Wood Buffalo ‘doomed without quick action’ as UN extends deadline
Canada has a new deadline to come up with a better plan to save Wood Buffalo National Park’s world heritage site status.
In a draft decision last month, UNESCO – the United Nations body responsible for world heritage sites – stated the country’s current plan needs “considerably more effort … to reverse the negative trends.”
UNESCO’s World Heritage Committee met on Wednesday morning in Azerbaijan to formally approve that decision.
The final decision requires Canada to submit an updated report by December 1, 2020. That report must include more detail on the impact of BC Hydro’s Site C hydropower project and other dams on the Peace River.
Though UNESCO commended Canada on some steps already taken, Wednesday’s final decision stressed the importance of studying the cumulative impacts of those dams, alongside the effects of oil sands tailings ponds in Alberta.
Laurie Wein, Parks Canada’s senior manager for the action plan, said on Wednesday the Government of Canada was “very pleased” with UNESCO’s feedback and the new deadline of December 2020.
In response, local First Nations and environmental groups questioned whether both Canada and UNESCO are doing enough.
“Without meaningful action right now, the park is doomed, and so are the people that depend on it,” said Gillian Chow-Fraser, boreal program manager for the Canadian Parks and Wilderness Society (CPAWS) of Northern Alberta
In June, responding to UNESCO’s draft decision, Parks Canada said its existing action plan “includes over 140 measures to increase protection of ecosystems, improve understanding and water management of the Peace-Athabasca Delta, strengthen relationships with Indigenous partners, and to support the recovery of iconic species for which the World Heritage Site was established, such as whooping cranes and wood bison.”
“Importantly, the decision also recognizes and acknowledges that there are continuing concerns around a changing climate and external development pressures outside of the park which are having impacts on the Peace-Athabasca Delta,” Wein told Cabin Radio.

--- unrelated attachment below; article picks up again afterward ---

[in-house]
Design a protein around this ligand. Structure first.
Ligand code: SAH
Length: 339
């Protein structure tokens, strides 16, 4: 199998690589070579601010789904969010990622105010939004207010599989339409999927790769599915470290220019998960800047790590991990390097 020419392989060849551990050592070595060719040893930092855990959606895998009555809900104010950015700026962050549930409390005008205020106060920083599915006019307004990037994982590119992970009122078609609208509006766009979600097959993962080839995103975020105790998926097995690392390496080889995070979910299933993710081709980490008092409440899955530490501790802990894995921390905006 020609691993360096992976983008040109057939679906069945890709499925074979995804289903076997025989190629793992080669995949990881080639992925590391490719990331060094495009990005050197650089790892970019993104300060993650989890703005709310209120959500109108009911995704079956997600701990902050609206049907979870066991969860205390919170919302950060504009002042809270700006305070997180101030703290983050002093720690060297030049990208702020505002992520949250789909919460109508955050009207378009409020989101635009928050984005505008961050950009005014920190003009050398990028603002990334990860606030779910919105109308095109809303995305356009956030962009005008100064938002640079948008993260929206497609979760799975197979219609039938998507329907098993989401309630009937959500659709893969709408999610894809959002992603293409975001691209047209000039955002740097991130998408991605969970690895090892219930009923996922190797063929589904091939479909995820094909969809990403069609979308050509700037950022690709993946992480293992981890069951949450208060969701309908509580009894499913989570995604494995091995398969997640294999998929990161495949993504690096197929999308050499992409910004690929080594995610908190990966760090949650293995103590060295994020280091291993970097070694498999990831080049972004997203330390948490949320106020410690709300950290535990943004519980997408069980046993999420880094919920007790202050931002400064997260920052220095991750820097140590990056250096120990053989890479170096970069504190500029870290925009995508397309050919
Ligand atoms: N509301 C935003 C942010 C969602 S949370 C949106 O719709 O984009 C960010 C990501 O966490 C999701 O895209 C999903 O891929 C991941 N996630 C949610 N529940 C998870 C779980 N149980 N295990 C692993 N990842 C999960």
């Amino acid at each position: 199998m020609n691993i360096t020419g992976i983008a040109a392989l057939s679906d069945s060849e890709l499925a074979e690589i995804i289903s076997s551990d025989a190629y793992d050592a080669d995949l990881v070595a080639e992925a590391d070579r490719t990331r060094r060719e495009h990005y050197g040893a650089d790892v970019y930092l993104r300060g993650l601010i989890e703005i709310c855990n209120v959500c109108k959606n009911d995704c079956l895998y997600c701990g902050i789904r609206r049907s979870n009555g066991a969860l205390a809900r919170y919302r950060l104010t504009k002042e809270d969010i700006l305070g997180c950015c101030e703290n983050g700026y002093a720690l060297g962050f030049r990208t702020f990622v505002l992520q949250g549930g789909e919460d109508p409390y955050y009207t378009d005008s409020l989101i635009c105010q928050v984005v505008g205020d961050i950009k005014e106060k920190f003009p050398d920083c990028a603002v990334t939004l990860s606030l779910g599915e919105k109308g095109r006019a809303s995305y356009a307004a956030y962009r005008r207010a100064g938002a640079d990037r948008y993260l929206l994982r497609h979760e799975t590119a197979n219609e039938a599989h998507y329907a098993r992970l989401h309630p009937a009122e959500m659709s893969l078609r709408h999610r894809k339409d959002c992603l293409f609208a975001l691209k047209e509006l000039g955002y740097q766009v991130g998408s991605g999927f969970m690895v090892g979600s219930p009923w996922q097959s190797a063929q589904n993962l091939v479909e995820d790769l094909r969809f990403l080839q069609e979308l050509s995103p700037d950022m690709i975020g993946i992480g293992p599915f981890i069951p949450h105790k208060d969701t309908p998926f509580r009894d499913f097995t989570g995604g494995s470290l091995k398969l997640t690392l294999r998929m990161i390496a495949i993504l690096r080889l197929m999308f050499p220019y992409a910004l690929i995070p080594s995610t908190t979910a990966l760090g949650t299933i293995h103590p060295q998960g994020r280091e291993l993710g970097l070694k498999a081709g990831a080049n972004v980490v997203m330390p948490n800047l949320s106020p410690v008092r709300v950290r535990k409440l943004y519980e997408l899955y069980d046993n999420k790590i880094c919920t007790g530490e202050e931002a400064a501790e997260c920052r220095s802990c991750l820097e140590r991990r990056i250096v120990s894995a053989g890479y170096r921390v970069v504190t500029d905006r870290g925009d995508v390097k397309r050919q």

UNESCO had concluded climate change, upstream development, and resource extraction are all intensifying, causing the park’s “outstanding universal value” to deteriorate.
If Canada doesn’t mitigate UNESCO’s ongoing concerns – such as a perceived lack of comprehensive environmental monitoring, and a lack of engagement with Indigenous partners – the park could be placed on its list of endangered world heritage sites.
Wein said a “large amount of the work” in Canada’s current plan will focus on assessments of the impact of hydro dams like Site C.
However, UNESCO said a description of the dam’s impact on the park’s outstanding universal value was missing. UNESCO has been recommending and requesting Canada detail impacts since 2016.
Canada ‘looking at’ more funding
The World Heritage Committee is also concerned about the cumulative impacts of oil sands projects, and suggested Canada complete a systemic risk assessment of the tailings ponds in Alberta.
There are 37 oil sands projects in operation right now and another 47 being considered. One of these, the Teck Frontier oil sands mine project, is located 30 km past the park’s southern boundary and is particularly worrying to UNESCO as it is upstream of the park.